August 11, 2015


MSD launches coccidiosis vaccine in Latin America

MSD Animal Health has launched its FORTEGRA® vaccine in Latin America to protect broilers against coccidiosis, a parasitic disease of the intestinal tract.


FORTEGRA contains the coccidiosis strains found in broiler houses, including precocious and classic strains of E. maxima, and results in faster immunity and a broader protection, compared to conventional vaccines.


FORTEGRA is effective in controlling all relevant strains of coccidiosis in broilers, including E. acervulina, E. mivati, E. maxima and E. tenella. The vaccine simultaneously exposes flocks to two strains of the E. maxima species of coccidiosis, one of them a precocious strain that stimulates earlier, stronger immunity. Earlier immunity allows more time for compensatory growth and can prevent performance losses.


"Vaccination is an important alternative for controlling coccidiosis in broiler flocks, as using in-feed anticoccidials allows the disease to progress at a subclinical level that is difficult to detect but can result in poor growth, uniformity, feed conversion and breast meat yield," said Dr. Fernando Vargas, global technical director, MSD Animal Health.


A pen study demonstrated that FORTEGRA protects more birds and at a faster rate, compared to a conventional vaccine and a control group. 14 days after vaccination, both demonstrated significant partial protection (78% and 69% of birds protected, respectively) compared to a control group (12% of birds protected).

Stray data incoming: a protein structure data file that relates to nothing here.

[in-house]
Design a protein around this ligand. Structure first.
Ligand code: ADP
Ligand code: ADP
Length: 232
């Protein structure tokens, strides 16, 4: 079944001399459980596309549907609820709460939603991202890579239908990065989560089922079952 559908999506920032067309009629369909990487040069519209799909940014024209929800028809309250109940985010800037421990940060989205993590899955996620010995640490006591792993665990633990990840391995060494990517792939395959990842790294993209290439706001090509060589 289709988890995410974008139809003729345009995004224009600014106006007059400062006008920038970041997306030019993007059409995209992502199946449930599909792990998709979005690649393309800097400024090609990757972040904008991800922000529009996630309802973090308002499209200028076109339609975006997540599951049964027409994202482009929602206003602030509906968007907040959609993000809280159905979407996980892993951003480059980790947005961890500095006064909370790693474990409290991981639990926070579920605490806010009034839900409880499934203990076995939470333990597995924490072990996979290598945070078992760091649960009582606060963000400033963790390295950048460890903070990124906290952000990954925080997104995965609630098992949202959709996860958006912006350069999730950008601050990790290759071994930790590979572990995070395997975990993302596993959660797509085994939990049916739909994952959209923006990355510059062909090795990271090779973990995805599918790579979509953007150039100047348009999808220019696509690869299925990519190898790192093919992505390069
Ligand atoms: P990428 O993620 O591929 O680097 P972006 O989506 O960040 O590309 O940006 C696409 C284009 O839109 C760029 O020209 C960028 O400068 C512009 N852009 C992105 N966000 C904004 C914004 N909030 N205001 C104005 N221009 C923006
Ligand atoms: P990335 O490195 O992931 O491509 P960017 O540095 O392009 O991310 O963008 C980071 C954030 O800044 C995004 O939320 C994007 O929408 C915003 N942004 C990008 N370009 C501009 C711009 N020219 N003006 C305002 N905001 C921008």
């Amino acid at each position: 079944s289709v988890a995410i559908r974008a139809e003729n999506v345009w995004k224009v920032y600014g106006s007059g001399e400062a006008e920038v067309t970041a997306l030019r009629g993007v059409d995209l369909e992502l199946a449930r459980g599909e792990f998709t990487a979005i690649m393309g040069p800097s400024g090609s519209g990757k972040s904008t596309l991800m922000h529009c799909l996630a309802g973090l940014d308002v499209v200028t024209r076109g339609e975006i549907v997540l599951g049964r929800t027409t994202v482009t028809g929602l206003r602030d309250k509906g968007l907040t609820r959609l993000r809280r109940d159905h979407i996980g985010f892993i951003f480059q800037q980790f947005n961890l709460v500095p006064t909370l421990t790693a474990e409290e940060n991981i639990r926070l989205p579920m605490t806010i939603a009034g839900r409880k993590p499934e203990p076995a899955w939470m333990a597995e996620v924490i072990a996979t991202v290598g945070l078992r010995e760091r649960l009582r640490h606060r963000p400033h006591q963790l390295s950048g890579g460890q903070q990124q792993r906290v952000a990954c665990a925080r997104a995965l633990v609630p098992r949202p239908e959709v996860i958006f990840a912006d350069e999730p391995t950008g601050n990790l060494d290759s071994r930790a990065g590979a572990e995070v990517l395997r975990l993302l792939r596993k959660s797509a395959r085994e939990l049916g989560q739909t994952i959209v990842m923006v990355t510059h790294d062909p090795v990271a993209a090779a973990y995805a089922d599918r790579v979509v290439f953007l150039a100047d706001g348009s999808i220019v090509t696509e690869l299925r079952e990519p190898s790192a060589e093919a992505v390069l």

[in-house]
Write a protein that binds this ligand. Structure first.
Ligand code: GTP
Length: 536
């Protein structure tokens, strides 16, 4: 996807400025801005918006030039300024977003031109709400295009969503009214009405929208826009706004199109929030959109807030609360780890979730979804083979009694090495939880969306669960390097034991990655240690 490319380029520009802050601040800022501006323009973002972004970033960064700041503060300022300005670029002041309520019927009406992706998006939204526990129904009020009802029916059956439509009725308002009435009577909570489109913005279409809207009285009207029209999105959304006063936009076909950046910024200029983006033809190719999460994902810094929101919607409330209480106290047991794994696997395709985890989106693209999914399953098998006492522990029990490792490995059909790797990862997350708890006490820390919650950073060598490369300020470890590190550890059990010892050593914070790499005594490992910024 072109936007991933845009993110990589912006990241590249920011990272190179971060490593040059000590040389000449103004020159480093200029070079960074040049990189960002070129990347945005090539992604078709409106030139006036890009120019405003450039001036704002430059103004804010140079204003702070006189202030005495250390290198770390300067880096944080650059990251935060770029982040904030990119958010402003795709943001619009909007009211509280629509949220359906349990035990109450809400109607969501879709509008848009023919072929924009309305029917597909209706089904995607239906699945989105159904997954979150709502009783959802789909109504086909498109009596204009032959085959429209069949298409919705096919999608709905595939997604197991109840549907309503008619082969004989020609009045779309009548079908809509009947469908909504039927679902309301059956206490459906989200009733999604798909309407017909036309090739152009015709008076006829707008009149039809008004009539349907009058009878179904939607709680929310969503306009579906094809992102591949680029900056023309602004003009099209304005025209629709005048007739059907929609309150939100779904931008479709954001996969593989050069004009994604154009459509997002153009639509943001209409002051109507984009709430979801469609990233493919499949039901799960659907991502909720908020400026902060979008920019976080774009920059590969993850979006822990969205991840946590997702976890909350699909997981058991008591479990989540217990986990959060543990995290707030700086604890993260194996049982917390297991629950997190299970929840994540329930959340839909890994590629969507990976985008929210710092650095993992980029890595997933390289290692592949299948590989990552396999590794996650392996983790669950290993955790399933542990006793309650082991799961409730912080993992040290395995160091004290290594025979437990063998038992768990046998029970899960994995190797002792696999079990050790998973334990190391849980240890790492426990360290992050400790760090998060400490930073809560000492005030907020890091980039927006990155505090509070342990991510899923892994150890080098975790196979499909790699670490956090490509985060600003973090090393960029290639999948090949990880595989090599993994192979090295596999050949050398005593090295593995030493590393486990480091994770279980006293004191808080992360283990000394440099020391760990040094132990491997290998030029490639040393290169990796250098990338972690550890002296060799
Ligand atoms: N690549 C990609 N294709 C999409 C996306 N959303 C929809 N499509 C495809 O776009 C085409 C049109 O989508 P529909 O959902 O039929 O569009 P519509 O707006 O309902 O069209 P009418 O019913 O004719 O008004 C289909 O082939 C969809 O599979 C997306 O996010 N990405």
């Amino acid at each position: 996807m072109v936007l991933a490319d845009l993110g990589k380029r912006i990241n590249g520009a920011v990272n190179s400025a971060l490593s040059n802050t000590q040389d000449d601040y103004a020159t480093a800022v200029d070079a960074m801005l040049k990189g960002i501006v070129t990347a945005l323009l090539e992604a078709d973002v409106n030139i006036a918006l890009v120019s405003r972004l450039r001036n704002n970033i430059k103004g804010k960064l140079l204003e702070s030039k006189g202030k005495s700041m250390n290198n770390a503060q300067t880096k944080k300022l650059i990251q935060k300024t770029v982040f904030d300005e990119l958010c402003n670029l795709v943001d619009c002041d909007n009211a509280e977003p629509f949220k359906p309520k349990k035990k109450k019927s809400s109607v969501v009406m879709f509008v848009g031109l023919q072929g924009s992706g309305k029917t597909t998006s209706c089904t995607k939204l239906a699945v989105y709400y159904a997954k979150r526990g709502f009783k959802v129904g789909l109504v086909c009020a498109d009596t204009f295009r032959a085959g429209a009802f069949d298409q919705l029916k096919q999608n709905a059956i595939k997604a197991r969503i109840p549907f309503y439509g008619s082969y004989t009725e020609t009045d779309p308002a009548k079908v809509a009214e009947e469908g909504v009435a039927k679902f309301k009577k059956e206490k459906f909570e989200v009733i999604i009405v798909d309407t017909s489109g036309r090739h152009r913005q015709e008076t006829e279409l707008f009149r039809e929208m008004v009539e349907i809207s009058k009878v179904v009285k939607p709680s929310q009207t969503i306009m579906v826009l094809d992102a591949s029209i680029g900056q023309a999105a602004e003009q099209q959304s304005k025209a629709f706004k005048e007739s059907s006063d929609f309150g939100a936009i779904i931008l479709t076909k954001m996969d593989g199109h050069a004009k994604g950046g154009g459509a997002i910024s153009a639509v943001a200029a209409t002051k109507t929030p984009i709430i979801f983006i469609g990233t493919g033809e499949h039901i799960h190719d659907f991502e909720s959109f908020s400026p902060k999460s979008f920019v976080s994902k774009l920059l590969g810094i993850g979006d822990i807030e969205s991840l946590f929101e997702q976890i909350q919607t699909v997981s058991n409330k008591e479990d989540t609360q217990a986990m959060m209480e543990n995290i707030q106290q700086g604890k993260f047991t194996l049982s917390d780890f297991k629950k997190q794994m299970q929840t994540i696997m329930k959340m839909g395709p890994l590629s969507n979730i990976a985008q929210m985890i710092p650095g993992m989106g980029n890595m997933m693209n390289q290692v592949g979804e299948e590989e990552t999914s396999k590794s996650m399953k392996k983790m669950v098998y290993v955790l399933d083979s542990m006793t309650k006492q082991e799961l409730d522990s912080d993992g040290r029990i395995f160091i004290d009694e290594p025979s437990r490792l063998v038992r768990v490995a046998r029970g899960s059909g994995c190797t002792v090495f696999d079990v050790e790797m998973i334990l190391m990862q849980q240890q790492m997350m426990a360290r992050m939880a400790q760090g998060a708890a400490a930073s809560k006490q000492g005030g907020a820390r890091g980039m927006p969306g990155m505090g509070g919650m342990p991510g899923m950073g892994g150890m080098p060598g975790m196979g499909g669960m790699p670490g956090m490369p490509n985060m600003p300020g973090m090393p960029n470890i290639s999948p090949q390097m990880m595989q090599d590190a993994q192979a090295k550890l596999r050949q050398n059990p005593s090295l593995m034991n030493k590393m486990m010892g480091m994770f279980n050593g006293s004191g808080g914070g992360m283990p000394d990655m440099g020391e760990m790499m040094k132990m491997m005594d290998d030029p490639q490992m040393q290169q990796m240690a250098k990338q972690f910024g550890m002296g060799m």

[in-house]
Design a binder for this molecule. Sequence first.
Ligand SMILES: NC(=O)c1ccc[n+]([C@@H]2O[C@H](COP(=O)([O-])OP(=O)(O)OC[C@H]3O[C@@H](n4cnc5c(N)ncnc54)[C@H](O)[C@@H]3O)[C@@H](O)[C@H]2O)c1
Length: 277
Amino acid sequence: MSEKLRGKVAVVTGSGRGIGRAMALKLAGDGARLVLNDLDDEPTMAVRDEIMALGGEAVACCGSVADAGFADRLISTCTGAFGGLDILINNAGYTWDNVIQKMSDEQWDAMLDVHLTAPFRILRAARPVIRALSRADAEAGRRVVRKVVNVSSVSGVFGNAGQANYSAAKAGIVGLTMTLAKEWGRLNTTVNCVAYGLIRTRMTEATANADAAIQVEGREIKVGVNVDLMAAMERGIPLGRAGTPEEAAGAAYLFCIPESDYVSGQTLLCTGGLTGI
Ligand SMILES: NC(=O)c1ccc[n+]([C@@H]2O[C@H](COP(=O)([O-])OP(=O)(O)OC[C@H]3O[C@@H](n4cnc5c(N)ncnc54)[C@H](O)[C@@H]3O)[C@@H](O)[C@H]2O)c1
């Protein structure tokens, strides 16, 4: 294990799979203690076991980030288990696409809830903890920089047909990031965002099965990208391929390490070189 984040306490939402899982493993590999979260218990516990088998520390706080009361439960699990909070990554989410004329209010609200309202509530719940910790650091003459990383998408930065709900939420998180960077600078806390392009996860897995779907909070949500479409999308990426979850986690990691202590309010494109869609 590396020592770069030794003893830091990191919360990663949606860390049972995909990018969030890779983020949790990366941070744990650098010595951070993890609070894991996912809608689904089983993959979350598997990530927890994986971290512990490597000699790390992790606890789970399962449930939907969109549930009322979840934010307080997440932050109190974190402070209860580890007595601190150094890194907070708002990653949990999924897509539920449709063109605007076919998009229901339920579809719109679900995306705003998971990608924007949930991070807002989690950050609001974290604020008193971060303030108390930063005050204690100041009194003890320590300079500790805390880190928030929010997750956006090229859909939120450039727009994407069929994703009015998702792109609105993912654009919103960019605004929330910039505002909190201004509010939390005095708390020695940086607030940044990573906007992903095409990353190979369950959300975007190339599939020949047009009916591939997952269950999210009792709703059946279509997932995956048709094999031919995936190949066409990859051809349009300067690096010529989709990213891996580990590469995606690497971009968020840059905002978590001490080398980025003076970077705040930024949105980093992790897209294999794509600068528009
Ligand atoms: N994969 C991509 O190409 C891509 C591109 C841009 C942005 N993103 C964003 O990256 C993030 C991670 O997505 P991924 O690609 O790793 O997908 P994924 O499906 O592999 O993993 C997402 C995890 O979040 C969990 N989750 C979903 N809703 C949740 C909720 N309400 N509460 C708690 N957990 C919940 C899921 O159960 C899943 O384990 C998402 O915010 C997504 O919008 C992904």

At 17 days after vaccination, the FORTEGRA sample demonstrated significantly better protection (92%) than the conventional vaccine (59%) and the control group (16%).


At 21 days post-vaccination, FORTEGRA continued to protect more than 90% of birds, compared to 78% for the conventional vaccine and 3% for the control group.

FORTEGA also resulted in lower lesion scores compared to the conventional and control groups at 14, 17 and 21 days post-vaccination. Low-level intestinal lesions caused by subclinical coccidiosis can occur late in the flock cycle and can have adverse effects on weight gain, days to market, feed conversion and meat yield.

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